Last week, at least 22 Algerians died in clashes between ethnic Arabs and Berbers in the oasis city of Ghardaia, where tensions have grown for the last two years between the two communities over jobs, housing and land. In an email interview, Dalia Ghanem-Yazbeck, a research analyst at the Carnegie Middle East Center, discussed ethnic violence in Algeria.
WPR: What are the reasons behind the violent clashes between Arabs and Berbers in recent years?
Dalia Ghanem-Yazbeck: The conflict between the Arabs and Berbers in Algeria dates back to 1975, when clashes broke out between the two communities for unknown reasons. Clashes broke out again a decade later in 1985 and have since become a regular occurrence. There were clashes in 1991 in Berriane, in 2004 in Beni Isguene, in 2008 and 2009 in Ghardaia, and sporadically during 2014 and more recently in July 2015. Some claim that the reasons for the conflict are confessional—the Mozabite Berbers are Ibadi Muslims, and the Chaamba Arabs follow the Maliki school of Sunni Islam. Others say the conflicts are caused by ethnic tensions between Berbers and Arabs. However, these two communities have been coexisting for centuries in peace.
The immediate causes of the conflict are more political, social, and economic in nature. Unemployment is very high in the region, and the majority of youth have no future job prospects, despite the region’s wealth of natural resources, including gas, shale gas, and oil. The clashes are also linked to land and housing. In 2013 riots broke out following the allocation of state-subsidized housing, in which both camps felt the other was given preferential treatment.
Fundamentally, the two communities do not trust each other, and each feels it is marginalized by the other. The Berbers accuse the Arabs of benefiting from preferential treatment by the government, including obtaining better jobs and places to live, because they are Arabs. Meanwhile, the Arabs accuse the Berbers, who are generally perceived to be wealthier, of hindering poorer Arabs’ integration into their exclusive social structures.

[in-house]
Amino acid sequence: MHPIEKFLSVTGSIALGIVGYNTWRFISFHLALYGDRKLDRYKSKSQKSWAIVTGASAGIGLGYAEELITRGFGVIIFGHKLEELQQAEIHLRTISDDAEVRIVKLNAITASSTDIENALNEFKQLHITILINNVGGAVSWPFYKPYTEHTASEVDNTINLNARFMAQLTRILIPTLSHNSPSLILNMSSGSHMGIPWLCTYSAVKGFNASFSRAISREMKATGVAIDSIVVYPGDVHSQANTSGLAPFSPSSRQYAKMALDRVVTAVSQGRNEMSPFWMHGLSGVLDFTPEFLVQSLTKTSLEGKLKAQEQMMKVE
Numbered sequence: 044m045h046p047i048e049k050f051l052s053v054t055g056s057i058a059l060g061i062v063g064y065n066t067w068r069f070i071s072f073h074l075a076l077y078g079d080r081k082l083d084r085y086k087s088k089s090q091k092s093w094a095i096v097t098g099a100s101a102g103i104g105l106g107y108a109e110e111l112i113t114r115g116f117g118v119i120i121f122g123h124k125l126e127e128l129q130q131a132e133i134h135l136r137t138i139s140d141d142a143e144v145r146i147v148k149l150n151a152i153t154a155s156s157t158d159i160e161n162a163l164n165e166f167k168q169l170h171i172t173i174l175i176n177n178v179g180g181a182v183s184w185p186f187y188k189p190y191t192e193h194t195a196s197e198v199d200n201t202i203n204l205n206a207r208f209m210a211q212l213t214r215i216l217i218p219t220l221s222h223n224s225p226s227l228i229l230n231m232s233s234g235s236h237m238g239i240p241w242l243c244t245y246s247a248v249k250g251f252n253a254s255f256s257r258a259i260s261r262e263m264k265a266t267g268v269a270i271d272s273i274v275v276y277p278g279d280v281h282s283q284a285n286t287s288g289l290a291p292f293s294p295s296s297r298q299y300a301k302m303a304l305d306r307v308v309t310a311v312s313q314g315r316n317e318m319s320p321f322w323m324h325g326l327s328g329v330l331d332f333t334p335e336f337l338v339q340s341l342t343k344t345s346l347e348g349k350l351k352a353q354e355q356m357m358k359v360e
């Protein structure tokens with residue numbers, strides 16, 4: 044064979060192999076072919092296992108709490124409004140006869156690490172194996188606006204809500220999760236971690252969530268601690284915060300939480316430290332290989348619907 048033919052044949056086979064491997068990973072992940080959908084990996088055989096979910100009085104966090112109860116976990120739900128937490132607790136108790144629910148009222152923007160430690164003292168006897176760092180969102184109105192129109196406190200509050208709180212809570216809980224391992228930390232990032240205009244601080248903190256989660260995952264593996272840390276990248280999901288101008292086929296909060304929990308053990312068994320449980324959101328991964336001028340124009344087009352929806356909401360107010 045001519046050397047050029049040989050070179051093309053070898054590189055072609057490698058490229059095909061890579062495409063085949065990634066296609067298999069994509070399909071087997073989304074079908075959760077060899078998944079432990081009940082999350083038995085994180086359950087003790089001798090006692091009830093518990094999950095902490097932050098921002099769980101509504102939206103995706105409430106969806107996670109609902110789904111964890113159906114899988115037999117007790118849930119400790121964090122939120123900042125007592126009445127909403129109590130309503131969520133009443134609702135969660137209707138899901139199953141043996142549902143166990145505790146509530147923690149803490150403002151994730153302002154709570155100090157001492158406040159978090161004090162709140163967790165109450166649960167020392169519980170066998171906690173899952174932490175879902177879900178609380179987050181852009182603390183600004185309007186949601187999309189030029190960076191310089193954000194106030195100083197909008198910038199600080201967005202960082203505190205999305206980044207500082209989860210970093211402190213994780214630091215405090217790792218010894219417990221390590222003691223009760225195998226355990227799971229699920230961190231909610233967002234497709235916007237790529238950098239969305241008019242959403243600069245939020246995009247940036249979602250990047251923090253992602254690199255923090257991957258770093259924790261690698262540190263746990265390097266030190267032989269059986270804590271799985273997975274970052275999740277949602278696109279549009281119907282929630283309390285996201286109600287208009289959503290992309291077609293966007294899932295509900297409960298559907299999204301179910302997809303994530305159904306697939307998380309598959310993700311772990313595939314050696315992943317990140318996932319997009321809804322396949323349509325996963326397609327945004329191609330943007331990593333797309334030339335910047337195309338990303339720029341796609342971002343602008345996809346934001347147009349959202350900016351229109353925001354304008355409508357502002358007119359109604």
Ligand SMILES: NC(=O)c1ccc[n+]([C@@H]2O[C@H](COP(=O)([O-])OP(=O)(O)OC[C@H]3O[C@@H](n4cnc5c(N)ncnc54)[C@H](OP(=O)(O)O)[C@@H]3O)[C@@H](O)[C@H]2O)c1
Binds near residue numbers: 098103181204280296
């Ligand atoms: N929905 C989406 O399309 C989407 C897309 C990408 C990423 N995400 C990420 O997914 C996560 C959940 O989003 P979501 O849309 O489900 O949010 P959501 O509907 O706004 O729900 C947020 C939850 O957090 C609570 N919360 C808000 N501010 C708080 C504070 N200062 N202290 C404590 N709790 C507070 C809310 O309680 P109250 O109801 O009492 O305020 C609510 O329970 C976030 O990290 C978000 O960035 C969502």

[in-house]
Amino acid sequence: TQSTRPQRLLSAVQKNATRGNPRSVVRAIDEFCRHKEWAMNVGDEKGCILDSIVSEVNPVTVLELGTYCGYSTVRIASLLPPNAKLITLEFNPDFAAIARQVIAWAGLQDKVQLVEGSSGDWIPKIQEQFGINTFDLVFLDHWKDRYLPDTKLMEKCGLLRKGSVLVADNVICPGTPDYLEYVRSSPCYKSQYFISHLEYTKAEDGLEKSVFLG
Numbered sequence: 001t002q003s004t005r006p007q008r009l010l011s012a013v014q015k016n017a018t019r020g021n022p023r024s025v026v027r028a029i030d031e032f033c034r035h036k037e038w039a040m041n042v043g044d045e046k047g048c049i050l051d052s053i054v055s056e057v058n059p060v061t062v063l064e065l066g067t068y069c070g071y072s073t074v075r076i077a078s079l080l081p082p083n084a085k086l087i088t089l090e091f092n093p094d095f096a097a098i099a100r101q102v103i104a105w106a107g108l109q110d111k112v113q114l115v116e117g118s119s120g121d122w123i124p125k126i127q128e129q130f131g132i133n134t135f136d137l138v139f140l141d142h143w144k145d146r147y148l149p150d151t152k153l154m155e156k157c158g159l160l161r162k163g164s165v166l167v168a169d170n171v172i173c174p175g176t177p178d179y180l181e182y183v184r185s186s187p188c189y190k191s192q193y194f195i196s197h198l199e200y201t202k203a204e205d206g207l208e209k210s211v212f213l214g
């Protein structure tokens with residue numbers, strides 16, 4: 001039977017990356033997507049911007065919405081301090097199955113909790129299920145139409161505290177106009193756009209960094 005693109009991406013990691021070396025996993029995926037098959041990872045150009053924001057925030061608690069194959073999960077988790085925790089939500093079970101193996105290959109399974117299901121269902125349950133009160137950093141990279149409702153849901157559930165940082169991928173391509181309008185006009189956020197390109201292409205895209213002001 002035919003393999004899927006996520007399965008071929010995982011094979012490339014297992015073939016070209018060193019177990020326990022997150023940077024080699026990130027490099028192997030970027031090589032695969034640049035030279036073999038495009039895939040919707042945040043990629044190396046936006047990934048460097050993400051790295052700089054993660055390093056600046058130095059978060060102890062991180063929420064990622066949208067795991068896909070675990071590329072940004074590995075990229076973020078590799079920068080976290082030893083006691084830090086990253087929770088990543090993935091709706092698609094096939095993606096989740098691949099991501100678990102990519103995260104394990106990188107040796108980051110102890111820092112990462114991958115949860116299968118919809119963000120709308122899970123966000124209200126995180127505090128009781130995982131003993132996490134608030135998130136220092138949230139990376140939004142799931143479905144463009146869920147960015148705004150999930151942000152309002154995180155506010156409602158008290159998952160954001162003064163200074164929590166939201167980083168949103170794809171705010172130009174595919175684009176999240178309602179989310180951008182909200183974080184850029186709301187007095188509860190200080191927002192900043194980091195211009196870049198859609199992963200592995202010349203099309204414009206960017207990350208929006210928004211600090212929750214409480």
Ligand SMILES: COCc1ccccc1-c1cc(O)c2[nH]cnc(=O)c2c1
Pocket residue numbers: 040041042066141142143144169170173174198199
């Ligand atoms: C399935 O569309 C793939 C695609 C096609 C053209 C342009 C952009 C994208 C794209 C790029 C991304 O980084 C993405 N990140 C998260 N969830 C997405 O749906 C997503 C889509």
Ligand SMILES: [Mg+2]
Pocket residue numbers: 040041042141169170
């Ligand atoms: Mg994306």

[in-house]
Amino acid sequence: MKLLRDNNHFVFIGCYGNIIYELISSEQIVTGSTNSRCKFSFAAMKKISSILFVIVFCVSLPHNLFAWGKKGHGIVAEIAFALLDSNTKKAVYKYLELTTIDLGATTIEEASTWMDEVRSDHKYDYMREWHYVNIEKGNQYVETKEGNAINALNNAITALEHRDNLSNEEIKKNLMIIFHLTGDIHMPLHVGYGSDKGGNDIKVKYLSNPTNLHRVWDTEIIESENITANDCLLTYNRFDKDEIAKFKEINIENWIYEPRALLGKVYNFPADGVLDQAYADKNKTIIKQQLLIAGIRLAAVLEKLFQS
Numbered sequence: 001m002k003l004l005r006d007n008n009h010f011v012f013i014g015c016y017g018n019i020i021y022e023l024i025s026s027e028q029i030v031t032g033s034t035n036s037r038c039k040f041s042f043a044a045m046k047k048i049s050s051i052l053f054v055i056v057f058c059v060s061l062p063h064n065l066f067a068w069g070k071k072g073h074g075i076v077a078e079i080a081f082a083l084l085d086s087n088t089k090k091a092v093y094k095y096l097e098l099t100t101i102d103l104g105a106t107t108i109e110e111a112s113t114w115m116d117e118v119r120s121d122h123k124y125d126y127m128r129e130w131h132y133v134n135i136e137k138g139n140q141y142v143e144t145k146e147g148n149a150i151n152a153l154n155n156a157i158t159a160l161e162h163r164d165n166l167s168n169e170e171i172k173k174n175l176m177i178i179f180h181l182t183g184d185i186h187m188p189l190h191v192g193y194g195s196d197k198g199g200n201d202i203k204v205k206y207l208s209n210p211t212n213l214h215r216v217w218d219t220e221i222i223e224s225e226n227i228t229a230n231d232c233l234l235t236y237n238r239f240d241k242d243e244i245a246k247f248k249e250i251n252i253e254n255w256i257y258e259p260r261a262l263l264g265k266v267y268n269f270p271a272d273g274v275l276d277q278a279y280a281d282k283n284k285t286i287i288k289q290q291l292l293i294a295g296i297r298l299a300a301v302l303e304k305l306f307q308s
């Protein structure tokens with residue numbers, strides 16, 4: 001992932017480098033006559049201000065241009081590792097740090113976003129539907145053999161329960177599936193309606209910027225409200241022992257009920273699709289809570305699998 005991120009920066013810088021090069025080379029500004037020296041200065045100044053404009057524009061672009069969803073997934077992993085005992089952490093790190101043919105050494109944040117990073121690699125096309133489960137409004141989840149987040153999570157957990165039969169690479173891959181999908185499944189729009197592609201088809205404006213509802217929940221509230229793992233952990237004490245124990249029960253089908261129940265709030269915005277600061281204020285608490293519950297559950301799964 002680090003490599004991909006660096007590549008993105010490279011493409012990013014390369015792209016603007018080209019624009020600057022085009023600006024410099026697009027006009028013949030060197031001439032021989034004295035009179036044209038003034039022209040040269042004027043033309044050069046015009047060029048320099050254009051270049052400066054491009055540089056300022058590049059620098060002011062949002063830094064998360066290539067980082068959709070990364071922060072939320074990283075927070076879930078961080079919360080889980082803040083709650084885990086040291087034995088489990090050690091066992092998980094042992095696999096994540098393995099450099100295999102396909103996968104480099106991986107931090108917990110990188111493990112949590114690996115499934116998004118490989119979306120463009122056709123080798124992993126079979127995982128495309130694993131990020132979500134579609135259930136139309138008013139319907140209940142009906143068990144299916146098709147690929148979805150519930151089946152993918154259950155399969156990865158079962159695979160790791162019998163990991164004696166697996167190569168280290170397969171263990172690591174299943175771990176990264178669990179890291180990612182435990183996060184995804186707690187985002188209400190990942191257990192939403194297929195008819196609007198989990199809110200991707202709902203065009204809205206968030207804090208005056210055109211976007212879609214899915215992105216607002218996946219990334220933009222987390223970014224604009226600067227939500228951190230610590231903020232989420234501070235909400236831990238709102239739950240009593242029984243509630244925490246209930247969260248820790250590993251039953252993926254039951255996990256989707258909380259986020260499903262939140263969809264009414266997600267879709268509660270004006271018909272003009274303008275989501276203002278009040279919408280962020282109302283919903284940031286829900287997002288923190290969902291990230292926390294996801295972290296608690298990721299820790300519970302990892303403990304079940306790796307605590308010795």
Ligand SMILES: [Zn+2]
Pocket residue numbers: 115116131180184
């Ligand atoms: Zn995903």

WPR: What has the government's response been to the tensions, and how have Arabs and Berbers responded to the government's initiatives?
Ghanem-Yazbeck: Since clashes in 2014 that left 12 people dead and hundreds injured, the government has only sought to contain the crisis locally in the hopes that it would just go away, without implementing long-term solutions. The government also protected the local security forces and political authorities, refusing to examine their role in the management of the crisis. It offered compensation for the families of victims of the 2014 clashes and proposed building 30,000 dwellings to increase local development.
Obviously, this was not enough, as the recent clashes have left at least 22 people dead. In response, the government deployed 8,000 troops to protect Ghardaia and its residents. This response does not address the underlying social, political and economic problems of the M’zab region. Instead, the government is claiming that the violence is the result of a “foreign hand” that is “trying to destabilize Algeria.”
WPR: What potential is there for violence to spread and to be exploited by extremist groups in the region?
Ghanem-Yazbeck: There is a high potential for the violence to spread, as there are terrorist groups operating in the region and the Sahel that will take advantage of the situation in the M’zab for recruiting purposes. One has to keep in mind that Mokhtar Belmokhtar, the former head of al-Qaida in the Islamic Maghreb and the mastermind behind the attack on the gas complex in Ain Amenas in January 2013, is from Ghardaia. He was a smuggler between Mali and Niger and an important member of the Salafist Group for Preaching and Combat (GSPC). In addition, the region is a major stop in the Saharan drug-trafficking routes from Morocco to Europe. As such, it is very important for the informal economy that is the source of financing for all extremist groups in the region.